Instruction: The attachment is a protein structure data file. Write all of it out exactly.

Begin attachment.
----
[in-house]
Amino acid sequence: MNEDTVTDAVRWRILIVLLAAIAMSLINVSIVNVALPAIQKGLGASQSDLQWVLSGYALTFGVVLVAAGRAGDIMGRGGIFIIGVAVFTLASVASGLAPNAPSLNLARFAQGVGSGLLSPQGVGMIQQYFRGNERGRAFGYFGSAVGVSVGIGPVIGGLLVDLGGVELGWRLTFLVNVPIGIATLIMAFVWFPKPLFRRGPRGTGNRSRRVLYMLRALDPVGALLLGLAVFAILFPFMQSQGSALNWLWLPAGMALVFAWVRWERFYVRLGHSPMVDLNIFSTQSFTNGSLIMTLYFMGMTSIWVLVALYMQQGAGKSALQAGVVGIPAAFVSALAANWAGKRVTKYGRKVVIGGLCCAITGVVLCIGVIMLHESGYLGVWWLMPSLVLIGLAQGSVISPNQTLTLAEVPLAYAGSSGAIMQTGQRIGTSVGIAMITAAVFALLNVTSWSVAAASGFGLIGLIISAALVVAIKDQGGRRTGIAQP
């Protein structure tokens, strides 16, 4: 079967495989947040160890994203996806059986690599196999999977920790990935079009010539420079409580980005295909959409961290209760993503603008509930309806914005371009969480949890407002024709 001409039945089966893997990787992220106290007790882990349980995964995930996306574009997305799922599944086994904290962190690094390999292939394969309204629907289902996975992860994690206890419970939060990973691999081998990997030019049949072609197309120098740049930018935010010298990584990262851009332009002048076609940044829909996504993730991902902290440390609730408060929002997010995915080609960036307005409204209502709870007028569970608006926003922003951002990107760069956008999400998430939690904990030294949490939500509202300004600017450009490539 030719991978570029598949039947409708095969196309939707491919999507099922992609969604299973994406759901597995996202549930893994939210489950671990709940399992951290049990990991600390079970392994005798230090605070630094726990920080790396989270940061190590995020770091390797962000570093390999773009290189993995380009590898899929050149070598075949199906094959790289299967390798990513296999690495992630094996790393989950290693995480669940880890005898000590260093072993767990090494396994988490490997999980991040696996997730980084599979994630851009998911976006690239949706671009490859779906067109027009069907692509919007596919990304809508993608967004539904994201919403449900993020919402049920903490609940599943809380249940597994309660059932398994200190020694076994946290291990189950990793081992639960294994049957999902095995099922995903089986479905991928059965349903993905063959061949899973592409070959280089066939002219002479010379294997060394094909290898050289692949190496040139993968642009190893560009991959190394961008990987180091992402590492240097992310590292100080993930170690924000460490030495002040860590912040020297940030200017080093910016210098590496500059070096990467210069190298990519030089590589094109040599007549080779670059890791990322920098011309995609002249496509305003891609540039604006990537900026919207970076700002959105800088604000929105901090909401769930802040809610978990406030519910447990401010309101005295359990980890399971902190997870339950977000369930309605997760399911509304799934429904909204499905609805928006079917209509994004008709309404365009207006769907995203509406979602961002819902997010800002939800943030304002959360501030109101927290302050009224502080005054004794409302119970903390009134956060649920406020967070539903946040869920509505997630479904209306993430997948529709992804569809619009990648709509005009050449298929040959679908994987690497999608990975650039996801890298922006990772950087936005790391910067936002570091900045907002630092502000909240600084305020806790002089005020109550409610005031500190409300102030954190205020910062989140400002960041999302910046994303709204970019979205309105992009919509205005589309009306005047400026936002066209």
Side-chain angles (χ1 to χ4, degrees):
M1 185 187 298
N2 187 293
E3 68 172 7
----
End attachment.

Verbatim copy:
[in-house]
Amino acid sequence: MNEDTVTDAVRWRILIVLLAAIAMSLINVSIVNVALPAIQKGLGASQSDLQWVLSGYALTFGVVLVAAGRAGDIMGRGGIFIIGVAVFTLASVASGLAPNAPSLNLARFAQGVGSGLLSPQGVGMIQQYFRGNERGRAFGYFGSAVGVSVGIGPVIGGLLVDLGGVELGWRLTFLVNVPIGIATLIMAFVWFPKPLFRRGPRGTGNRSRRVLYMLRALDPVGALLLGLAVFAILFPFMQSQGSALNWLWLPAGMALVFAWVRWERFYVRLGHSPMVDLNIFSTQSFTNGSLIMTLYFMGMTSIWVLVALYMQQGAGKSALQAGVVGIPAAFVSALAANWAGKRVTKYGRKVVIGGLCCAITGVVLCIGVIMLHESGYLGVWWLMPSLVLIGLAQGSVISPNQTLTLAEVPLAYAGSSGAIMQTGQRIGTSVGIAMITAAVFALLNVTSWSVAAASGFGLIGLIISAALVVAIKDQGGRRTGIAQP
């Protein structure tokens, strides 16, 4: 079967495989947040160890994203996806059986690599196999999977920790990935079009010539420079409580980005295909959409961290209760993503603008509930309806914005371009969480949890407002024709 001409039945089966893997990787992220106290007790882990349980995964995930996306574009997305799922599944086994904290962190690094390999292939394969309204629907289902996975992860994690206890419970939060990973691999081998990997030019049949072609197309120098740049930018935010010298990584990262851009332009002048076609940044829909996504993730991902902290440390609730408060929002997010995915080609960036307005409204209502709870007028569970608006926003922003951002990107760069956008999400998430939690904990030294949490939500509202300004600017450009490539 030719991978570029598949039947409708095969196309939707491919999507099922992609969604299973994406759901597995996202549930893994939210489950671990709940399992951290049990990991600390079970392994005798230090605070630094726990920080790396989270940061190590995020770091390797962000570093390999773009290189993995380009590898899929050149070598075949199906094959790289299967390798990513296999690495992630094996790393989950290693995480669940880890005898000590260093072993767990090494396994988490490997999980991040696996997730980084599979994630851009998911976006690239949706671009490859779906067109027009069907692509919007596919990304809508993608967004539904994201919403449900993020919402049920903490609940599943809380249940597994309660059932398994200190020694076994946290291990189950990793081992639960294994049957999902095995099922995903089986479905991928059965349903993905063959061949899973592409070959280089066939002219002479010379294997060394094909290898050289692949190496040139993968642009190893560009991959190394961008990987180091992402590492240097992310590292100080993930170690924000460490030495002040860590912040020297940030200017080093910016210098590496500059070096990467210069190298990519030089590589094109040599007549080779670059890791990322920098011309995609002249496509305003891609540039604006990537900026919207970076700002959105800088604000929105901090909401769930802040809610978990406030519910447990401010309101005295359990980890399971902190997870339950977000369930309605997760399911509304799934429904909204499905609805928006079917209509994004008709309404365009207006769907995203509406979602961002819902997010800002939800943030304002959360501030109101927290302050009224502080005054004794409302119970903390009134956060649920406020967070539903946040869920509505997630479904209306993430997948529709992804569809619009990648709509005009050449298929040959679908994987690497999608990975650039996801890298922006990772950087936005790391910067936002570091900045907002630092502000909240600084305020806790002089005020109550409610005031500190409300102030954190205020910062989140400002960041999302910046994303709204970019979205309105992009919509205005589309009306005047400026936002066209």
Side-chain angles (χ1 to χ4, degrees):
M1 185 187 298
N2 187 293
E3 68 172 7